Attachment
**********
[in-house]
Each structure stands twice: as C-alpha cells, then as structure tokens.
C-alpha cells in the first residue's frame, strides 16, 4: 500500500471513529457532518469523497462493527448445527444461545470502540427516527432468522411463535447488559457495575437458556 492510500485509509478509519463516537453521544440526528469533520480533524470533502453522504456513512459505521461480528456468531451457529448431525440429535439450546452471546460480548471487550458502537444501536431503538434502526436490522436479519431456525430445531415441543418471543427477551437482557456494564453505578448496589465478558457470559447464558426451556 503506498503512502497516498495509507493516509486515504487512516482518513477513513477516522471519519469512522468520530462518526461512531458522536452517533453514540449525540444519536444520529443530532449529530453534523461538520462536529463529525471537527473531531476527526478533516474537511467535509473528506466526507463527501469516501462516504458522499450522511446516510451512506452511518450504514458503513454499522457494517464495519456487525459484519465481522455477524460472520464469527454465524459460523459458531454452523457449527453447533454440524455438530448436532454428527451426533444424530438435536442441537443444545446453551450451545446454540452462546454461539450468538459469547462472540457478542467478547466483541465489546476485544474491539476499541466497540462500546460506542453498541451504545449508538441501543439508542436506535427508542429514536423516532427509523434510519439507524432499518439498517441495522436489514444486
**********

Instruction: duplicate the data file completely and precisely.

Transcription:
[in-house]
Each structure stands twice: as C-alpha cells, then as structure tokens.
C-alpha cells in the first residue's frame, strides 16, 4: 500500500471513529457532518469523497462493527448445527444461545470502540427516527432468522411463535447488559457495575437458556 492510500485509509478509519463516537453521544440526528469533520480533524470533502453522504456513512459505521461480528456468531451457529448431525440429535439450546452471546460480548471487550458502537444501536431503538434502526436490522436479519431456525430445531415441543418471543427477551437482557456494564453505578448496589465478558457470559447464558426451556 503506498503512502497516498495509507493516509486515504487512516482518513477513513477516522471519519469512522468520530462518526461512531458522536452517533453514540449525540444519536444520529443530532449529530453534523461538520462536529463529525471537527473531531476527526478533516474537511467535509473528506466526507463527501469516501462516504458522499450522511446516510451512506452511518450504514458503513454499522457494517464495519456487525459484519465481522455477524460472520464469527454465524459460523459458531454452523457449527453447533454440524455438530448436532454428527451426533444424530438435536442441537443444545446453551450451545446454540452462546454461539450468538459469547462472540457478542467478547466483541465489546476485544474491539476499541466497540462500546460506542453498541451504545449508538441501543439508542436506535427508542429514536423516532427509523434510519439507524432499518439498517441495522436489514444486